Join us at Alaphbe-Thursday by clicking on the link to the left. You will be glad you did.  This is a wonderful way to get some writing in, as well as getting into a routine of posting to your blog - not to mention you will meet lots of great fellow bloggers!

10 comments:

  1. I love that he painted it for a newborn to look at and delight in. The first outing I took my grandson on, we went to a museum. His father and I used to wander museums. I'd pick out 5 art postcards from the museum store first, and let him pick out five, then we'd go look for the paintings. My grandson, hearing this story, looked for the post cards this weekend. "You're right, Grandma! You have hundreds of postcards." It's time to take him back to the museum.

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  2. I love art! I admire Van Gogh's work and I loved learning a little something new about him here. Your photos and words were wonderfully paired! Thank you

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  3. Hi Ms. B&B ~~ Van Gogh is probably my favorite artist also. A lot of the younger set seem to like his 'Stary Stary Night' the best.

    We stayed a week at St. Remy, Provence (France) where the sanitarium is that he stayed in after he cut his ear.

    From the lane to the hospital we could see the olive tree grove that was in many of his paintings. I compared his 'Olive Grove with Orange Sky' painting to my photo here (my picture on top, Van Gogh's on the bottom):
    olive garden near the sanitarian
    at St. Remy-from where Van Gogh painted his picture


    Because of our stay I like Vincent Van Gogh's Olive Grove with Orange Sky best of his works.
    ..

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  4. Thanks for sharing and reminding me of someone who contributed immensely to society, both Van Gogh, as well as Don McLean. I'm inspired to research other works by these artists. Great "V" post!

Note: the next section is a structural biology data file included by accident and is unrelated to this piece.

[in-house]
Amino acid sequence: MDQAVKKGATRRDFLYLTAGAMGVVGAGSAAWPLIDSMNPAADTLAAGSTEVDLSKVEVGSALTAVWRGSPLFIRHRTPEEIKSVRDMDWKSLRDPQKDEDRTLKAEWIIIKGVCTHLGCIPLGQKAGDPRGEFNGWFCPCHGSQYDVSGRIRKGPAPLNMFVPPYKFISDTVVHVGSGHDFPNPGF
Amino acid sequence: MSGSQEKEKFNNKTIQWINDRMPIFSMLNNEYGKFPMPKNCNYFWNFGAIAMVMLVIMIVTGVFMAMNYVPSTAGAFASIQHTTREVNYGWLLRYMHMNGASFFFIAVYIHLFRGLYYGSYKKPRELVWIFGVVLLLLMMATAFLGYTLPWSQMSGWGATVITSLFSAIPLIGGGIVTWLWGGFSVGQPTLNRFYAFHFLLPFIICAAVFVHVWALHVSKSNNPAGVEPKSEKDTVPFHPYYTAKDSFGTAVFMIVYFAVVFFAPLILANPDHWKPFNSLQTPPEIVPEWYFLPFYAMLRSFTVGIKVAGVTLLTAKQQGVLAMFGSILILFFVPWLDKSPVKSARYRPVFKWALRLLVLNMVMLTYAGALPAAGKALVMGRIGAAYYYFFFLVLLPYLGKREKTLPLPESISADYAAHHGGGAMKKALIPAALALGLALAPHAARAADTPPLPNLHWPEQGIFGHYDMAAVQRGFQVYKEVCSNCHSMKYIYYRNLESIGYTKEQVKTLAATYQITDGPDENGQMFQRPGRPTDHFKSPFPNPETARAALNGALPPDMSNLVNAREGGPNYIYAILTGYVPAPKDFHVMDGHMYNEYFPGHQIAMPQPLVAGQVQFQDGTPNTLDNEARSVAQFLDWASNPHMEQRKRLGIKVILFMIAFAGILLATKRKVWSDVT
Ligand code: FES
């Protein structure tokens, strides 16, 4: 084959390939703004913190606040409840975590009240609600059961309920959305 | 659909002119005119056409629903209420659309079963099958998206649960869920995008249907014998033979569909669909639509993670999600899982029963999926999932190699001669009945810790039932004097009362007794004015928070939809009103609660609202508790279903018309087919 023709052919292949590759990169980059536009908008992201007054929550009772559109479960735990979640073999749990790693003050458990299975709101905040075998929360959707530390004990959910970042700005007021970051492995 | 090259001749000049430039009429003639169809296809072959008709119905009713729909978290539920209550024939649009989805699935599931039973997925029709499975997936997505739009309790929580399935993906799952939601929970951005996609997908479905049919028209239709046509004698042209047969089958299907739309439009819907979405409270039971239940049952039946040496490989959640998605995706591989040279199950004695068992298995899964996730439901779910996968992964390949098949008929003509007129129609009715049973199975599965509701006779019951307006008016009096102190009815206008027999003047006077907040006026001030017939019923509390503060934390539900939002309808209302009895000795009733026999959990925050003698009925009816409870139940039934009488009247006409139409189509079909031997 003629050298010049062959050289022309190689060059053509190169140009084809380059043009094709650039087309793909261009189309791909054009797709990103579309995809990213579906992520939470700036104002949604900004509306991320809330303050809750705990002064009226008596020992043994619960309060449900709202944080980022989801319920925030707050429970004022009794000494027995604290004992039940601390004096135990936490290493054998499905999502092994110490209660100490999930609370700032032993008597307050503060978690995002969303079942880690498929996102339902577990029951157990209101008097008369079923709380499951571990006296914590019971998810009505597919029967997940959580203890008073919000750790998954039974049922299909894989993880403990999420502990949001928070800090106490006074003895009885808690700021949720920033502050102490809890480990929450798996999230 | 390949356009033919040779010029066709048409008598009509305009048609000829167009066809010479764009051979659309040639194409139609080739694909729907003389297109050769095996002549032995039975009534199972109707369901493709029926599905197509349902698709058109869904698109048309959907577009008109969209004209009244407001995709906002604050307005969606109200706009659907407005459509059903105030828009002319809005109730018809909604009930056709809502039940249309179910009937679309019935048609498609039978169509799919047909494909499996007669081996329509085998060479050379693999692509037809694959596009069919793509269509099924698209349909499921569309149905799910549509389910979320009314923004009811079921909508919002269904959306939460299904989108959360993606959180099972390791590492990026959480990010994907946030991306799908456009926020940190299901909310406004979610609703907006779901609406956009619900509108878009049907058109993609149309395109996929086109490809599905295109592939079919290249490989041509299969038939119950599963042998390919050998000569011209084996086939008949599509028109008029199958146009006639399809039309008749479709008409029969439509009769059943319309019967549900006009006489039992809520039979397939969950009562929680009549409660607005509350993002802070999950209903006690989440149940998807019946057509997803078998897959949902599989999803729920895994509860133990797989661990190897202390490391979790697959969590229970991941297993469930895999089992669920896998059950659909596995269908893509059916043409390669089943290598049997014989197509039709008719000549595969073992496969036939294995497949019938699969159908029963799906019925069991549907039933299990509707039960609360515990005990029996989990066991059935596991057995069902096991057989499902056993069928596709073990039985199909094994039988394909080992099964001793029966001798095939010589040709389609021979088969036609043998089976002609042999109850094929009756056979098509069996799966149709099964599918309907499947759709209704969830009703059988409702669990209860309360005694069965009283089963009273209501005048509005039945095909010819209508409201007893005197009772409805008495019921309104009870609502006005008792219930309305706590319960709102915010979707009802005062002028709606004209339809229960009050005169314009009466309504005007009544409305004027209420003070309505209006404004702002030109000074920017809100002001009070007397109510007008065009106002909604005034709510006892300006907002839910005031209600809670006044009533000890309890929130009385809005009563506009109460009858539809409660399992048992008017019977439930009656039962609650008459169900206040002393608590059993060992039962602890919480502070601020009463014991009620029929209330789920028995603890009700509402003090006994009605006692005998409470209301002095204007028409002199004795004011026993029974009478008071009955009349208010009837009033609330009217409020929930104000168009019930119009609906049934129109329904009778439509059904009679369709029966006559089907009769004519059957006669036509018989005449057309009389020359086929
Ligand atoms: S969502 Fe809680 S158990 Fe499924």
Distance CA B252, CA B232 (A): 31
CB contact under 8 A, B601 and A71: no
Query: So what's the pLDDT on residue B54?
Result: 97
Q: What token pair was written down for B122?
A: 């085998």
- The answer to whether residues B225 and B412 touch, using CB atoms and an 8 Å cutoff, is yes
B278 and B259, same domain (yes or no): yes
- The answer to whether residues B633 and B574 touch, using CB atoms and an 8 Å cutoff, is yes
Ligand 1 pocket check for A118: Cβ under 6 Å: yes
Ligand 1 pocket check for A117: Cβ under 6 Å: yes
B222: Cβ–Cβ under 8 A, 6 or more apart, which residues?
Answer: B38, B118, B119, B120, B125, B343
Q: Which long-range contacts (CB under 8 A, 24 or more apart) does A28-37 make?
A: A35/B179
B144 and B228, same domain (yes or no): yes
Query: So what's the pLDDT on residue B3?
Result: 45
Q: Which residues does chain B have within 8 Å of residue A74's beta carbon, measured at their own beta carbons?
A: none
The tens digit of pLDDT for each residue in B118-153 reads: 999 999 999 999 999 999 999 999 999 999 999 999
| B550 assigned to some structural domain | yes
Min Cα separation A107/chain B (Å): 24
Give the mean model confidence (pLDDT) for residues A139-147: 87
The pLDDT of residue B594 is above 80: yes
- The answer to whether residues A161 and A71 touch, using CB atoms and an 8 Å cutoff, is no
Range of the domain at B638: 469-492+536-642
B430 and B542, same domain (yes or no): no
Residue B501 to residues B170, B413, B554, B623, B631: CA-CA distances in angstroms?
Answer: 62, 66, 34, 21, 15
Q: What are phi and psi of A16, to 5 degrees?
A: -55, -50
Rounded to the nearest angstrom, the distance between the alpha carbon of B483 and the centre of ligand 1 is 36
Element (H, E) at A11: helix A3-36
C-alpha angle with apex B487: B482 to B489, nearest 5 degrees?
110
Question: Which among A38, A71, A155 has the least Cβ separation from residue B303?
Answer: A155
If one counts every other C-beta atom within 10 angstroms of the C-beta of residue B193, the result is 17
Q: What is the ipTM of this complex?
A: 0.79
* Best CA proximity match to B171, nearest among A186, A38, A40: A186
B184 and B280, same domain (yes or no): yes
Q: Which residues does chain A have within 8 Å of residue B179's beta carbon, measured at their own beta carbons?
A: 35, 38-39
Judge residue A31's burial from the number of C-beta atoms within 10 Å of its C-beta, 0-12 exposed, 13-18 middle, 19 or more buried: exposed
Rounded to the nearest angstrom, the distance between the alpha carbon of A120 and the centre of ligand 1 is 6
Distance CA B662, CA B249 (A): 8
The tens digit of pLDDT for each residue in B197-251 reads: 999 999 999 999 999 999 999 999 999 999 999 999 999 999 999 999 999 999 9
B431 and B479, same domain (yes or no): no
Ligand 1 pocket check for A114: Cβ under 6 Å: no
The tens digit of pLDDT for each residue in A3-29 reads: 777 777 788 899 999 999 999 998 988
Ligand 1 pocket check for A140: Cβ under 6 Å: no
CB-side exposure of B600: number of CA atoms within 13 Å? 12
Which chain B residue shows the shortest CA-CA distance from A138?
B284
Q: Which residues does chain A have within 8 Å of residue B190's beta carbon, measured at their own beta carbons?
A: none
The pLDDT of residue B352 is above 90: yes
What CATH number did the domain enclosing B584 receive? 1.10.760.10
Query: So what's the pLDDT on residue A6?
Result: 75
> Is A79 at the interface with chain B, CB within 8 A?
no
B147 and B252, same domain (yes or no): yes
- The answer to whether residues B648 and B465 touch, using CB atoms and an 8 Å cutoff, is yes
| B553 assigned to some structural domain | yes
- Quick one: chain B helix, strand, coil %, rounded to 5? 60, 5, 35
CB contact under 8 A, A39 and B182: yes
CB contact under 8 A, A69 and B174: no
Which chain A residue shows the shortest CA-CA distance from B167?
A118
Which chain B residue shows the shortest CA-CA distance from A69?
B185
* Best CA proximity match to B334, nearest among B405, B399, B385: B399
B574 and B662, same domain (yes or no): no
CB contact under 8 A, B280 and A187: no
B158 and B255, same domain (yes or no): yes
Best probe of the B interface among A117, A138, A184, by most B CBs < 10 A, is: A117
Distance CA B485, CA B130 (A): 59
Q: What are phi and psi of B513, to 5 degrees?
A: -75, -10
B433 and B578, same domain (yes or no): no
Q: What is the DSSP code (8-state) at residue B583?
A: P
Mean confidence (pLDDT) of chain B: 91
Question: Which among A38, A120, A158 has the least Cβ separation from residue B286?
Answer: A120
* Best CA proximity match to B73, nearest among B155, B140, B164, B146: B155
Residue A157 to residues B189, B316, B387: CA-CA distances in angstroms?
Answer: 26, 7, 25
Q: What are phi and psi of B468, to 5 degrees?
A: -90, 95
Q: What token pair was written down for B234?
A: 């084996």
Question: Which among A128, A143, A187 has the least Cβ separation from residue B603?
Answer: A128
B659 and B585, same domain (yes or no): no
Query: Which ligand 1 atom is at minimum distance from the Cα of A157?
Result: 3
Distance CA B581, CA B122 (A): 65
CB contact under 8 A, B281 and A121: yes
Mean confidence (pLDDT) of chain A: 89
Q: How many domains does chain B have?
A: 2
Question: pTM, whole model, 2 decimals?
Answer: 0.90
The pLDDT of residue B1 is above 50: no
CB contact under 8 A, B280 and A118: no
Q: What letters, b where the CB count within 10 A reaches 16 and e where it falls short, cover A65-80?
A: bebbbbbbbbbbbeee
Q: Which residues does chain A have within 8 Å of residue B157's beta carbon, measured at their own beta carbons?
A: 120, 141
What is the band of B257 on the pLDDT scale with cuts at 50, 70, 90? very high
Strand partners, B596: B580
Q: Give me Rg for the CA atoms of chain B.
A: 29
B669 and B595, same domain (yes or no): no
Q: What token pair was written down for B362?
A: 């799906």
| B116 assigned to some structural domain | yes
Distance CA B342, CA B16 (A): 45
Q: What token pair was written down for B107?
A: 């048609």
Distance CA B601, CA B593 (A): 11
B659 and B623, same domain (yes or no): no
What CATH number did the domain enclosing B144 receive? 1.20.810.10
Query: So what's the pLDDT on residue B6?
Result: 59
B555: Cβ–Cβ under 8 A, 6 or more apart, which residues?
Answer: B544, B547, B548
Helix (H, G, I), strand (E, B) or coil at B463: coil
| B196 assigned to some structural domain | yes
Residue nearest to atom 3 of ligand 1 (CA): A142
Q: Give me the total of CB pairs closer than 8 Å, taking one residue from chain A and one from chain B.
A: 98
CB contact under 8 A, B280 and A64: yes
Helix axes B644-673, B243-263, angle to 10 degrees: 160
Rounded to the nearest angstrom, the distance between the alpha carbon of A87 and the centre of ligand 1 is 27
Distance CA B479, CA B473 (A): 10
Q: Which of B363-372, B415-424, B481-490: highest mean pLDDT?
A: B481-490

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  5. What a great V post. Of course Vincent, how could I forget. Our famous master painter, I also love his work.

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  6. Oh, what lovely comments. I always am so happy to hear of other people's delight in VanGogh's paintings. When I think of the constant rejection of his art during his lifetime (he sold only one painting) I only hope that he is able to know how much loved his work is today. All of the artists of the Impressionist school faced ridicule and rejection by the mainstream art world. They did not continue to follow their hearts though. And, we are blessed with a multitude of artwork that enriches our lives today.

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  7. Van Gogh is one of my favorite artists -- my favorite is "Sunflowers." I visited an art museum in The Netherlands and several of his paintings were there -- beautiful! I've never seen "Blossoming Almond Tree" or heard its story before -- thanks for posting it -- it's lovely!

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  8. I am so glad to know this story -- a beautiful V post (and such a baby gift). Thanks for the lesson.

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  9. I love Van Gogh also. Sending good wishes for a continued recovery...

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  10. Van Gogh is a Very good painter...

    I love his Vivid imagery...

    A Very good post for the letter V...

    I"m glad Suzanne is doing better, she must really Value your friendship...

    Thanks for linking...

    A+